Either a PoE-enabled switch or a midspan device can deliver this power: 5.4W minimum, derived from 44V times 350mA. Since a midspan can connect to existing Ethernet switches, their use can be less costly than upgrading to new PoE switches. However, most customers prefer to have PoE integrated into their managed network, which means the purchase of PoE-enabled switches and hubs.
Because more devices or services will populate a network in the future, a study group is working on creating an enhanced IEEE 802af standard that will provide “the maximum practical power” to a powered device (PD). The maximum practical power is limited by the surface temperature limit on a cable, which could be buried in a large bundle or cable tray. A similar concern on heat buildup relates to the 8-pin modular connector. Sounds a lot like the NEC committee's concern on the amperage and temperature rating of power conductors, doesn't it?
The industry seems to be showing a renewed interest in coaxial cable because it is gaining wide usage in commercial CCTV and CATV applications and in broadband home entertainment installations. The call is for use of the more expensive RG-6 cable construction with the advent of high-definition television services.
One pre-conference seminar and two conference presentations covered the topic of providing adequate equipment cooling within a data center because compact blade servers are now dominating the market. With power loads of 20 to 25kW projected for a single server rack enclosure, heat removal is critical for long component life and reliable network performance.
A strong interest in fiber optic cabling was evident in one pre-conference seminar and two conference presentations, covering both single-mode and multimode fiber constructions with various fiber distribution designs. With the decline in landline voice revenues, the telcos, anxious for new income sources, are moving fiber closer to the home, anticipating a surge in broadband demand. Vendors showed a variety of new high-performance fiber connectors (SC, ST, MT-RJ, and LC styles) and a host of fiber types for every application.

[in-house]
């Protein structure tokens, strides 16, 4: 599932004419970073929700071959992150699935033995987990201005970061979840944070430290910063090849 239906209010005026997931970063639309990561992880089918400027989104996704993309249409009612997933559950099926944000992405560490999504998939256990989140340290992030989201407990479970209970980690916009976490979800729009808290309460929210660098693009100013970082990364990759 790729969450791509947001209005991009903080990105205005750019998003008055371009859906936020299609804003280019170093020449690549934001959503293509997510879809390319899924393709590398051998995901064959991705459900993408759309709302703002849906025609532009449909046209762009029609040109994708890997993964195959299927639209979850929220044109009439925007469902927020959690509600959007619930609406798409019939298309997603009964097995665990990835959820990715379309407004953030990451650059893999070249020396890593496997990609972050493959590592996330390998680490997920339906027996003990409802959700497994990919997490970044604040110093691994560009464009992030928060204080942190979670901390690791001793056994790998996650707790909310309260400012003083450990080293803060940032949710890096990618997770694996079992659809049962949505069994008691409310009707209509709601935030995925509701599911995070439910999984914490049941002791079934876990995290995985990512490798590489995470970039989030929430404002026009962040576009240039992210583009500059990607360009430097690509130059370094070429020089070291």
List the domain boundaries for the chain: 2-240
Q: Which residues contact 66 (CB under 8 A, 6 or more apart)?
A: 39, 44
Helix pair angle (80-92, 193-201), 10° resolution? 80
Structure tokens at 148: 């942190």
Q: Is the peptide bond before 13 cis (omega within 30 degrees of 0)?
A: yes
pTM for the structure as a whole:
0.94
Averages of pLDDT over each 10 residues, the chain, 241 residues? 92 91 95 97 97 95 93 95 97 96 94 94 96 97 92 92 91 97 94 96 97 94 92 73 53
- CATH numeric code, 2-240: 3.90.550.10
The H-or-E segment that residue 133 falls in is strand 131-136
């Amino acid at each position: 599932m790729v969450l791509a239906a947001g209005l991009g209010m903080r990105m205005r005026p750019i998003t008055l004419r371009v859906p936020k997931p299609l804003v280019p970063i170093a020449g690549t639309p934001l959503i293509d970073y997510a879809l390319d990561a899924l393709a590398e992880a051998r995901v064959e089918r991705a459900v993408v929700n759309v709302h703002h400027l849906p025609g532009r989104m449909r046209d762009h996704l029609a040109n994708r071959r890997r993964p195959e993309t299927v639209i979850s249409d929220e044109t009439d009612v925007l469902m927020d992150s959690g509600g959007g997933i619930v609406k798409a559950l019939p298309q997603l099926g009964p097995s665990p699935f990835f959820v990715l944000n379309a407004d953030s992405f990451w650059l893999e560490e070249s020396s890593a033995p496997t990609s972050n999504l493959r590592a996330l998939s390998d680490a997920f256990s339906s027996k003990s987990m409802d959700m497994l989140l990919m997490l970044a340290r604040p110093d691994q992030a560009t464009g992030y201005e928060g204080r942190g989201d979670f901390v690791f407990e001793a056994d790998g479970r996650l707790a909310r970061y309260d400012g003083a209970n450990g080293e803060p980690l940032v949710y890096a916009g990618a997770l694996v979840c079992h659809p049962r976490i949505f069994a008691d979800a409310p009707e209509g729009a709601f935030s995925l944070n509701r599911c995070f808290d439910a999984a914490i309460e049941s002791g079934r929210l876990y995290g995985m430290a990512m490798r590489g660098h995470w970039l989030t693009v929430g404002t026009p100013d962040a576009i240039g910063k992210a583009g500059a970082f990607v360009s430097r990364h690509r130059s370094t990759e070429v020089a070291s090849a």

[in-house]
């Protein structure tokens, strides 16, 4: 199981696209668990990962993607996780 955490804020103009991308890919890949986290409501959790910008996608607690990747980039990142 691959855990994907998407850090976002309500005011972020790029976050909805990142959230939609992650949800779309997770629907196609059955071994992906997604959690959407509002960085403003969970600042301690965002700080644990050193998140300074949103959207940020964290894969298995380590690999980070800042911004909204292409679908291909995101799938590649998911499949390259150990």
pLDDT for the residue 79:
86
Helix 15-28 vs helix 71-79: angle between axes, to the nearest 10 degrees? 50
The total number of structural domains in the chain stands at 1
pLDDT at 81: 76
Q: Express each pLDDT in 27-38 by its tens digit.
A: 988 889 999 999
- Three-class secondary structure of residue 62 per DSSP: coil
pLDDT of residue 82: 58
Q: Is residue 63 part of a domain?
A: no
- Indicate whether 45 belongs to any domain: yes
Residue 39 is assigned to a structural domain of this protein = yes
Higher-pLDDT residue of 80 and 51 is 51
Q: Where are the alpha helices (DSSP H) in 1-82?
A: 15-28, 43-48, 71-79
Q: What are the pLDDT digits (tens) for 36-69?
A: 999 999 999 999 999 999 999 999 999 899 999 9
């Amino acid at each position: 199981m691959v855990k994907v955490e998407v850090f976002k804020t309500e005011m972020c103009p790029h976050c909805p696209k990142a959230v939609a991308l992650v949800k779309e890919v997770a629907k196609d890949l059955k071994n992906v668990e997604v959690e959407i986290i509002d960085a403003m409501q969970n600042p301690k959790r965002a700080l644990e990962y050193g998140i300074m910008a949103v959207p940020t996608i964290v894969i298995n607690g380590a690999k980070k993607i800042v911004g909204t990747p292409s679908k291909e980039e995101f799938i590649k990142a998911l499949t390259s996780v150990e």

Attendees continue to ponder the merits of Cat. 6 and Cat. 6a copper cabling systems, and vendors showed a variety of high-performance cabling and connector systems and test equipment that look ahead to the deployment of 10-Gigabit Ethernet in a facility. A 10-Gigabit Ethernet standard from the IEEE should be ready for publication mid-year.
Some booths were displaying a sign with a new acronym: RoHS, which stands for Restriction of Hazardous Substances. This is a European Union (EU) directive (2002/95EC) that bans new electrical and electronic equipment entering the European market if they have more than specified levels of hazardous substances, such as lead cadmium and mercury. The effective date of the directive in Europe is July 1, and U.S. cabling/equipment manufacturers share these RoHS concerns. Some of the manufacturers at the show were promoting RoHS-compliant products, and many states in the United States have adopted or have pending legislation involving RoHS rules.
What does the future hold?
Now that structured cabling standards are firmly established in the industry, there comes a call for having a number of high-density, low-speed applications share a single cable, to reduce the number of cables required in a call center, classroom, or patient recovery room, for example. Cable sharing is allowed by TIA, ISO, and the NEC. In fact, one manufacturer is currently making the case for carrying phone, audio announcing, data, video, and building automation control, on a 100-ohm, S/FTP (braid screened, foil over each pair) cable. This Cat. 7/Class F cable, which is widely used in Europe, eliminates the crosstalk between conductor pairs and other interference.
A case study of a 200-agent call center with two outlets per agent was able to slash the number of outlets to 250 — a 38% reduction. For a school with 50 classrooms, the 350-outlet requirement could be reduced to 150. A non-RJ-45 style connector, available from five manufacturers, can be used to terminate the cable.
According to BICSI, this year's event was one of the most successful in recent years. More than 2,000 additional people visited the exhibit hall, which featured a record-setting number of 210 exhibit companies and two mobile exhibit trailers. In addition, there were also 154 first-time registrants at the conference.
From seminars, speeches, and committee meetings to the awards banquet, golf tournament, and charity fundraiser, this year's event was definitely a success, providing a forum for attendees to network with their peers and stay on top of the latest technology and educational developments in the low-voltage industry.